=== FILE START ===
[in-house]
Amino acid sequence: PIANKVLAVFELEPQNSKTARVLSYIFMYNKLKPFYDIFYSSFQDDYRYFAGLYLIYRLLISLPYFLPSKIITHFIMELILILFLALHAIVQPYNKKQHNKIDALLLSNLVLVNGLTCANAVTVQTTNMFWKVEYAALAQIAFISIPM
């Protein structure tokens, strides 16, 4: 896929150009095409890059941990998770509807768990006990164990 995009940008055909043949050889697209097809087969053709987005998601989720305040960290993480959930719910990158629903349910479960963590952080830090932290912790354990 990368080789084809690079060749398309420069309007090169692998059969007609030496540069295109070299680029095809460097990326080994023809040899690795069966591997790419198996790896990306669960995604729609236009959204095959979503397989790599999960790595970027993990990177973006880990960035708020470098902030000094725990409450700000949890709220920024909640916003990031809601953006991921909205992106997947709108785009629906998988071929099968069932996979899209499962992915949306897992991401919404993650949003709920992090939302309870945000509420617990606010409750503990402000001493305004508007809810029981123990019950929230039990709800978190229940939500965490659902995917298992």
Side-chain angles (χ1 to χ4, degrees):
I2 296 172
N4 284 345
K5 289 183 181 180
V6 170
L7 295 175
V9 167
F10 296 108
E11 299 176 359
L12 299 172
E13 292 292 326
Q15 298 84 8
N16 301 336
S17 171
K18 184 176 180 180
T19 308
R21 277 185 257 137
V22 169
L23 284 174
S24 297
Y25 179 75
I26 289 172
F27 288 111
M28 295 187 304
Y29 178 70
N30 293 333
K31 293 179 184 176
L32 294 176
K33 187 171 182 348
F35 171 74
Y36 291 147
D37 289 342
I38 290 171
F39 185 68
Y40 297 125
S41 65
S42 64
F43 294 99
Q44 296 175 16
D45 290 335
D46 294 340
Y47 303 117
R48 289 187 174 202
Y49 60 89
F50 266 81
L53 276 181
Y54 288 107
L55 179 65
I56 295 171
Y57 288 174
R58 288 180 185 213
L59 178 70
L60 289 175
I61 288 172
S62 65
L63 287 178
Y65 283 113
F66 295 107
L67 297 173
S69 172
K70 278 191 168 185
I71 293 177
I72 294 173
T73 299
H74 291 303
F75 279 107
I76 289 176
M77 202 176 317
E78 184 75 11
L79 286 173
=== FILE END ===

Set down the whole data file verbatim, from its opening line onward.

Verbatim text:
[in-house]
Amino acid sequence: PIANKVLAVFELEPQNSKTARVLSYIFMYNKLKPFYDIFYSSFQDDYRYFAGLYLIYRLLISLPYFLPSKIITHFIMELILILFLALHAIVQPYNKKQHNKIDALLLSNLVLVNGLTCANAVTVQTTNMFWKVEYAALAQIAFISIPM
């Protein structure tokens, strides 16, 4: 896929150009095409890059941990998770509807768990006990164990 995009940008055909043949050889697209097809087969053709987005998601989720305040960290993480959930719910990158629903349910479960963590952080830090932290912790354990 990368080789084809690079060749398309420069309007090169692998059969007609030496540069295109070299680029095809460097990326080994023809040899690795069966591997790419198996790896990306669960995604729609236009959204095959979503397989790599999960790595970027993990990177973006880990960035708020470098902030000094725990409450700000949890709220920024909640916003990031809601953006991921909205992106997947709108785009629906998988071929099968069932996979899209499962992915949306897992991401919404993650949003709920992090939302309870945000509420617990606010409750503990402000001493305004508007809810029981123990019950929230039990709800978190229940939500965490659902995917298992």
Side-chain angles (χ1 to χ4, degrees):
I2 296 172
N4 284 345
K5 289 183 181 180
V6 170
L7 295 175
V9 167
F10 296 108
E11 299 176 359
L12 299 172
E13 292 292 326
Q15 298 84 8
N16 301 336
S17 171
K18 184 176 180 180
T19 308
R21 277 185 257 137
V22 169
L23 284 174
S24 297
Y25 179 75
I26 289 172
F27 288 111
M28 295 187 304
Y29 178 70
N30 293 333
K31 293 179 184 176
L32 294 176
K33 187 171 182 348
F35 171 74
Y36 291 147
D37 289 342
I38 290 171
F39 185 68
Y40 297 125
S41 65
S42 64
F43 294 99
Q44 296 175 16
D45 290 335
D46 294 340
Y47 303 117
R48 289 187 174 202
Y49 60 89
F50 266 81
L53 276 181
Y54 288 107
L55 179 65
I56 295 171
Y57 288 174
R58 288 180 185 213
L59 178 70
L60 289 175
I61 288 172
S62 65
L63 287 178
Y65 283 113
F66 295 107
L67 297 173
S69 172
K70 278 191 168 185
I71 293 177
I72 294 173
T73 299
H74 291 303
F75 279 107
I76 289 176
M77 202 176 317
E78 184 75 11
L79 286 173